Dead to Me: Too hokey

fantasy book review Anton Strout Simon Canderous Dead to MeDead to Me by Anton Strout

What is there to say about Anton Strout’s Dead to Me? Good things, I mean, since that is my quest these days…to begin my reviews with the positive rather than the negative. This isn’t proving to be easy and if I was a more paranoid person I’d wonder if Mr. Strout didn’t just write Dead to Me for the sole purpose of trying my (admittedly rather short) patience.

Well, I love the fact that Strout chooses to give his character the power of psychometry. Oh, urban fantasy has all manner of necromancers, mind-readers, clairvoyants, and goodness only knows what else, but I can’t recall ever seeing psychometry before. Certainly not by that name. The idea is pretty interesting and the fact that using it causes the main character, Simon Canderous, to suffer low blood sugar, is pretty amusing. Aside from that, Anton Strout’s writing is mostly solid, structurally speaking. In fact, I kind of feel bad about this, because the poor guy really does seem to be trying so hard.

Perhaps that was part of the problem. Perhaps he’s trying too hard. I’m going to give you a random list of names. They’re people, places, and things from the book and well… see for yourself:

• David Davidson

• The Fraternal Order of Goodness

• Tome, Sweet Tome (a book shop)

• The Department of Plausible Deniability
• Faisal Bane

• Things That Go Bump in the Night Division

• Clairvoyance or Clair-annoyance: You Either Got It or You Don’t (an employee pamphlet)

• Enchancellor

• Sectarian Defense League

• Deadside Manner: Staying Cool in Trouble Times

I could go on, but I think you get the point. If you find these things amusing, then by all means, go ahead and read… the book is packed with them. As for me… between the silly, hokey names and the main character’s bumbling idiot bit, I wasn’t sure whether Anton Strout wanted his hero to be Harry Potter or Harry Dresden. Because Simon is a bumbling idiot, always making absurd mistakes and clumsily crashing his way through everything. And the mood swings! The sudden snipping, sniping, snapping, and any number of abrupt bad behaviors is astonishing. I’d say it was the low blood sugar, except that every character has these mood swings to some extent and most of them have at least a minor case of the stupids. Like the bad guy who, when he’s by all appearances trapped, announces to the good guys that he in fact has an escape route.

The hokey aspects just keep piling on, too. Like, for example, the female character who is working for the “forces of Darkness” (Strout’s words, not mine) and doing evil things because the health benefits are good. She’s a total idiot who brings her diary with her when she goes to spy on the hero, then sits around writing in it in a manner that most girls grow out of by the time they’re fourteen. Is anyone surprised when this bubble-head gets herself caught? No, not really.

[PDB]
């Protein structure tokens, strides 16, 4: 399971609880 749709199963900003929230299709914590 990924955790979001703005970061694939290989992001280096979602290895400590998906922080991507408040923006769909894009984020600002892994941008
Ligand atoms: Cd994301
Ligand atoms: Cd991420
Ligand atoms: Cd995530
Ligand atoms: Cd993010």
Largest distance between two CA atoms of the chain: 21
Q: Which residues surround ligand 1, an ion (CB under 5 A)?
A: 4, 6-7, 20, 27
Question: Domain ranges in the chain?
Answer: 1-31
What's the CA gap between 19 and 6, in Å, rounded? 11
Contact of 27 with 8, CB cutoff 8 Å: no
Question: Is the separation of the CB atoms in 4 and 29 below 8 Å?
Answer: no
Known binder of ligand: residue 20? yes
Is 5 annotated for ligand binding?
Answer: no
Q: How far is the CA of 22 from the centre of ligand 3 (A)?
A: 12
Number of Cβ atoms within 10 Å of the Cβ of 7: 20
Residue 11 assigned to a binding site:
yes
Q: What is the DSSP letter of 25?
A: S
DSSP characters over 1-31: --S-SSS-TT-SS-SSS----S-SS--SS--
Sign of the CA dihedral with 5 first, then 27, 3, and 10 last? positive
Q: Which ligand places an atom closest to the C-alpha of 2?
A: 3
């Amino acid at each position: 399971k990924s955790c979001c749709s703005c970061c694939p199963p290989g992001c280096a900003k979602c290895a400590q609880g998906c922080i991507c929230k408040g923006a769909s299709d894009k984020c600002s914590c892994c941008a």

Add in a Dumbledore-like character who explains everything yet explains nothing in an extremely mysterious and cryptic manner to our hero, and a Snape-like character who is an agent of good working as a spy for the agents of evil, and I’m just really fed up. Plus, once the mystery is solved, the book continues to drag on. It wasn’t that interesting of a plot to begin with and it doesn’t really age well, if you know what I mean. So I gave up. I give Mr. Strout props for trying and all, but in the end it’s just so very much not for me.


SHARE:  Facebooktwitterredditpinteresttumblrmail  FOLLOW:  Facebooktwitterrsstumblr
If you plan to buy this book, you can support FanLit by clicking on the book cover above and buying it (and anything else) at Amazon. It costs you nothing extra, but Amazon pays us a small referral fee. Click any book cover or this link. We use this income to keep the site running. It pays for website hosting, postage for giveaways, and bookmarks and t-shirts. Thank you!

BETH JOHNSON, one of our guest reviewers, discovered fantasy books at age nine, when a love of horses spurred her to pick up Bruce Coville’s Into the Land of the Unicorns. Beth lives in Sweden with her husband. She writes short stories and has been working on a novel.

View all posts by

Review this book and/or Leave a comment:

Your email address will not be published. Required fields are marked *